Fintech For Fine Art had attracted more sign-ups than any other Thursday-afternoon session. If they lost Rybolovlev then they should get Bouvier. The Doc was on the point of saying "send a helicopter for him" before checking himself.

Closet Primacy: The Challenge Of Paleo Clothing was another session to be rescheduled if at all possible. Most of the nano-fashion and bio-fashion people had rented space on the Promenade and would stay until the weekend.

As for Friday's existing programme, the forum on Effective Altruism In Crypto could be dropped. Sign-ups had been trivial, they were a year too late.

Kwasi Kwarteng had gone back to London, so they could safely cut his session on Breaking The Fiscal Mould: The UK Experience.

How Big Banks Save Lives would have to go, despite the high sign-up rate, since the main speaker was now in a morgue.

"I will give my closing remarks at noon as usual", continued The Doc. "My title will be Disclusion And Regagement. Trademark both words please. I will pay tribute briefly to all who have distinguished themselves in this difficult week. Leiden macht stärker.

"We are in touch with President Zelenskyy. The invitation remains in place. We do not expect a decision until the morning, but if he arrives, I will introduce him in the course of my closing remarks, and invite him to address the room for a reasonable length of time before we pack up. Prepare some holding slides for his presentation, starting with a title slide. I propose: From Ukraine To Newkraine"

An unidentified voice from the room interrupted: "Sounds too much like nuke, Herr Doktor. And besides, they plan to stay as Ukraine".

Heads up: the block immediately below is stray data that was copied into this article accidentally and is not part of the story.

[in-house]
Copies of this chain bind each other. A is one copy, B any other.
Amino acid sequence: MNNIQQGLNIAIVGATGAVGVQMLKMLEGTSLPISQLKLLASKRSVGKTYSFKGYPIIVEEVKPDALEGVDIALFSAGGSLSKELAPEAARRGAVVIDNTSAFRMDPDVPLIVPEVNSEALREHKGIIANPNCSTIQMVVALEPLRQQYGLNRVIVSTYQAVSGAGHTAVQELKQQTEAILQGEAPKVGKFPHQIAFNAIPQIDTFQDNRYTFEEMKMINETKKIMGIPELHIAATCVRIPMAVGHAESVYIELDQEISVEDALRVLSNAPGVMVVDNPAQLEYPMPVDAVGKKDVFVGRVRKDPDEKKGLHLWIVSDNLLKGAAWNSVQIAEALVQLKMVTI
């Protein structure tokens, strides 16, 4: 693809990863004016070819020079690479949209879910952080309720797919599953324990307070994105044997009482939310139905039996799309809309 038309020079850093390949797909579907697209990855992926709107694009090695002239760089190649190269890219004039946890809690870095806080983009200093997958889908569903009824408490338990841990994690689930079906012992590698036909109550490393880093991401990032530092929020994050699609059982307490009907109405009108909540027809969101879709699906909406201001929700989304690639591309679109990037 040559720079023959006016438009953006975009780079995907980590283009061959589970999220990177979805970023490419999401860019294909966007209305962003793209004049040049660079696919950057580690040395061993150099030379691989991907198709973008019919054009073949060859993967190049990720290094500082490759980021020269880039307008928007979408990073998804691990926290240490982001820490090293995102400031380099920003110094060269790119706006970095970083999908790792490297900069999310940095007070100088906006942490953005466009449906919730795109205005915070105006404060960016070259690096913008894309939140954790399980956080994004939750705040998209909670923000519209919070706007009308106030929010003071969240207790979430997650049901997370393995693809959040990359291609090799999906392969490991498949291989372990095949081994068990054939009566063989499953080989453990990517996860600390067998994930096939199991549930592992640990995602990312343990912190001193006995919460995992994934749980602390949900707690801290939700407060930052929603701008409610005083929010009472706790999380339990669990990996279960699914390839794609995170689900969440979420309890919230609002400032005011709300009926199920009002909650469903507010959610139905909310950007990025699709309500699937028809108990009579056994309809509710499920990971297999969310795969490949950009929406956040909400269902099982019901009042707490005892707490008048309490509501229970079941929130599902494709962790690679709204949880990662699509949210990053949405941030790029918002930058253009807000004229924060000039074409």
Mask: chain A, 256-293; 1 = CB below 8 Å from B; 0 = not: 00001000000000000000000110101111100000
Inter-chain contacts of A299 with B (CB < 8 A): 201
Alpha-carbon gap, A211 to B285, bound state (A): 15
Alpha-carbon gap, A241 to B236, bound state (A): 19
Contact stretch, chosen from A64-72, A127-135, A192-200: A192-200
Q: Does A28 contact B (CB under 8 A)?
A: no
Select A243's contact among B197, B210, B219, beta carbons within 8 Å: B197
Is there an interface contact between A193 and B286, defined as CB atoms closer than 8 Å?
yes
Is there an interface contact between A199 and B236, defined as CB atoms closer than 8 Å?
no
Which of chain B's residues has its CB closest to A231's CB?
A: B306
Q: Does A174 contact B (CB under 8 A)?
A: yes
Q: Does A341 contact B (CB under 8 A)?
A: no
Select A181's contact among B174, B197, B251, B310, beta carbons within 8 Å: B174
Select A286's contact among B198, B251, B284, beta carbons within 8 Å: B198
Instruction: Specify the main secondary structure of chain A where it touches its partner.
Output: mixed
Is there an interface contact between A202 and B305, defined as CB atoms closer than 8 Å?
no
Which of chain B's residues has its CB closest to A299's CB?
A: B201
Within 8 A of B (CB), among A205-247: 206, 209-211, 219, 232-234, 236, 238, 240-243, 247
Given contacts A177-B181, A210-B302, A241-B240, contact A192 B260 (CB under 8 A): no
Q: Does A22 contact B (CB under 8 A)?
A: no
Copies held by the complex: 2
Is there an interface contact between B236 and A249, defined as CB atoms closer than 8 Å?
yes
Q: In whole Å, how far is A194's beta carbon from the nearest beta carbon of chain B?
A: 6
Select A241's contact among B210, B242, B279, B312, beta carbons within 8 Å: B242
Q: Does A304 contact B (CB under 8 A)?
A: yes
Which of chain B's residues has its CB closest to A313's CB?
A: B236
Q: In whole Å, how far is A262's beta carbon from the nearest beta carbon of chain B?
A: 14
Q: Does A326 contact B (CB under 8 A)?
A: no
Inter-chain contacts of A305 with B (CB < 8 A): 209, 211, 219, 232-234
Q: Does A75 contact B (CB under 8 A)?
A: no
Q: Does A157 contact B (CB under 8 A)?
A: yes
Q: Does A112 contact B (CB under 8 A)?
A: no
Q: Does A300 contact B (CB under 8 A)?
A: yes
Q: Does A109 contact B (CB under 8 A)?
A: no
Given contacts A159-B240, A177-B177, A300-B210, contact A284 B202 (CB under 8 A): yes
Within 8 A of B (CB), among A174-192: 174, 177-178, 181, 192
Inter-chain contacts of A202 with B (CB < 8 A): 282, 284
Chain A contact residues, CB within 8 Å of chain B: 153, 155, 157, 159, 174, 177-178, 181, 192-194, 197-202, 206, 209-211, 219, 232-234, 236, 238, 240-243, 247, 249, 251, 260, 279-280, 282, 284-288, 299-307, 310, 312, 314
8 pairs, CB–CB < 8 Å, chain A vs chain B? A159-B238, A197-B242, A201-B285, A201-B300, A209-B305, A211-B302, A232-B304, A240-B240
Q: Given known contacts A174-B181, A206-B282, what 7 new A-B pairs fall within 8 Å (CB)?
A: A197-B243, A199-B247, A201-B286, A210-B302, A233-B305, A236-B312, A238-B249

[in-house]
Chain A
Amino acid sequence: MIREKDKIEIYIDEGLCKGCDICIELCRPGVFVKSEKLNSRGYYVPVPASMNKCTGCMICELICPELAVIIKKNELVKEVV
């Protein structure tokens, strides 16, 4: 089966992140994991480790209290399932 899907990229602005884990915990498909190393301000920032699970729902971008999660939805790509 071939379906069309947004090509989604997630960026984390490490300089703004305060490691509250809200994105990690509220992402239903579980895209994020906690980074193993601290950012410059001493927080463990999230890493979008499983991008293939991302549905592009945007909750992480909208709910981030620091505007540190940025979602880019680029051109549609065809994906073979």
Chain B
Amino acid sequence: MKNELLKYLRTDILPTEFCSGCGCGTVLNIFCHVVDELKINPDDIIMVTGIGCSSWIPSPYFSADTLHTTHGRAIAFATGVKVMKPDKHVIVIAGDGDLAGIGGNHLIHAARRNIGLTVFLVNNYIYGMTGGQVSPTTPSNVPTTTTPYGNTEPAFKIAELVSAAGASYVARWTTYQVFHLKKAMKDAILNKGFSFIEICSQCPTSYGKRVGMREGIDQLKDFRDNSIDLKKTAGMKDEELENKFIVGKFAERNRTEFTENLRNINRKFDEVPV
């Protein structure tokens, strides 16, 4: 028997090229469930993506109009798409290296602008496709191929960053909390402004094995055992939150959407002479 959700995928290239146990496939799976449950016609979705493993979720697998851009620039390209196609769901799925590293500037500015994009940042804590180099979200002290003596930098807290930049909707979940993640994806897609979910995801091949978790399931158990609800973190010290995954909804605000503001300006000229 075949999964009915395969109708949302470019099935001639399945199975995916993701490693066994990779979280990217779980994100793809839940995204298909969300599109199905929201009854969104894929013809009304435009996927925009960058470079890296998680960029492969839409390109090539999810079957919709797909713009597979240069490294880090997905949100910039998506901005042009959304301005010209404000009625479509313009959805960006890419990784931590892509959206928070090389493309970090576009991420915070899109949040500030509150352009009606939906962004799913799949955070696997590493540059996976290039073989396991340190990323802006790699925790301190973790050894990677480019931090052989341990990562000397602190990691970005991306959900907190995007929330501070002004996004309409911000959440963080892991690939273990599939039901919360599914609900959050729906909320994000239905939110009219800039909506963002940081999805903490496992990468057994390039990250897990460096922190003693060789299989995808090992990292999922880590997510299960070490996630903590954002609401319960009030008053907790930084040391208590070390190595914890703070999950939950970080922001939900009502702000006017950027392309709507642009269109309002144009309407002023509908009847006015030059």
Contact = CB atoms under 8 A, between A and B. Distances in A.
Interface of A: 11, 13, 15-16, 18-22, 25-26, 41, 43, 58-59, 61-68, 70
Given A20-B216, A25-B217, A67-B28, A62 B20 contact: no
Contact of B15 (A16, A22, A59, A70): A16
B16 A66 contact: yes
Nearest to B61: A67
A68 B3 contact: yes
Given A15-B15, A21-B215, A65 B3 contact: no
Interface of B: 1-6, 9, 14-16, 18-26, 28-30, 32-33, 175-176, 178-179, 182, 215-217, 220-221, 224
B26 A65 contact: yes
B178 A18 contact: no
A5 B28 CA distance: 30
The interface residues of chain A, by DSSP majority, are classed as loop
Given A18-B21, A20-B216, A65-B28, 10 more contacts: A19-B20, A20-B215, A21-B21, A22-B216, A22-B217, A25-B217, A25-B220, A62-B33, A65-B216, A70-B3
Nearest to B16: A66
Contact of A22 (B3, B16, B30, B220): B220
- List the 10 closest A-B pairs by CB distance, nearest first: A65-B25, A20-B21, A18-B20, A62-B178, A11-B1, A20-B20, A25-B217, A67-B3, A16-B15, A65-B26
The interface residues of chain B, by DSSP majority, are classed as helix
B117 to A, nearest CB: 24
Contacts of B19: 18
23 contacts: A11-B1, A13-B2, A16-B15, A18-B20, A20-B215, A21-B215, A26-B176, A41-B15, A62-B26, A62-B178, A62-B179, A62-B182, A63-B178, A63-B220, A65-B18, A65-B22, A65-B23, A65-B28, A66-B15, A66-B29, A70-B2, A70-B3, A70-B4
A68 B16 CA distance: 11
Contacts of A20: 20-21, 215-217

The Doc: "What do you suggest?"

The Voice: "Ukraine At The Crossroads"

The Doc: "Horrible. Fine. Go with that. And prepare a slide with three bullet-points. He will probably be winging it in any case. Here are the concepts:

(i) European destiny of Ukraine
(ii) Front line of democracy
(iii) Munich — Budapest — Kyiv?

The Voice: "Will they get that last bullet, er, bullet-point? Won't they think Hitler for Munich and Orban for Budapest and wonder what he's getting at?"

The Doc (resignedly): "OK. Change it to 'One more year'. He can decide what point he is making. All badge-facing staff please take into account that tomorrow's programme may not finish until 2.30pm, not at 1pm as previously scheduled."

As soon as people had learned on the Thursday that the lockdown was over, an exodus threatened. People wanted out just in case the lockdown came back, or somebody else got killed, and in any case it was not until four o'clock on Thursday afternoon that The Doc's message got around saying that Friday's sessions were on.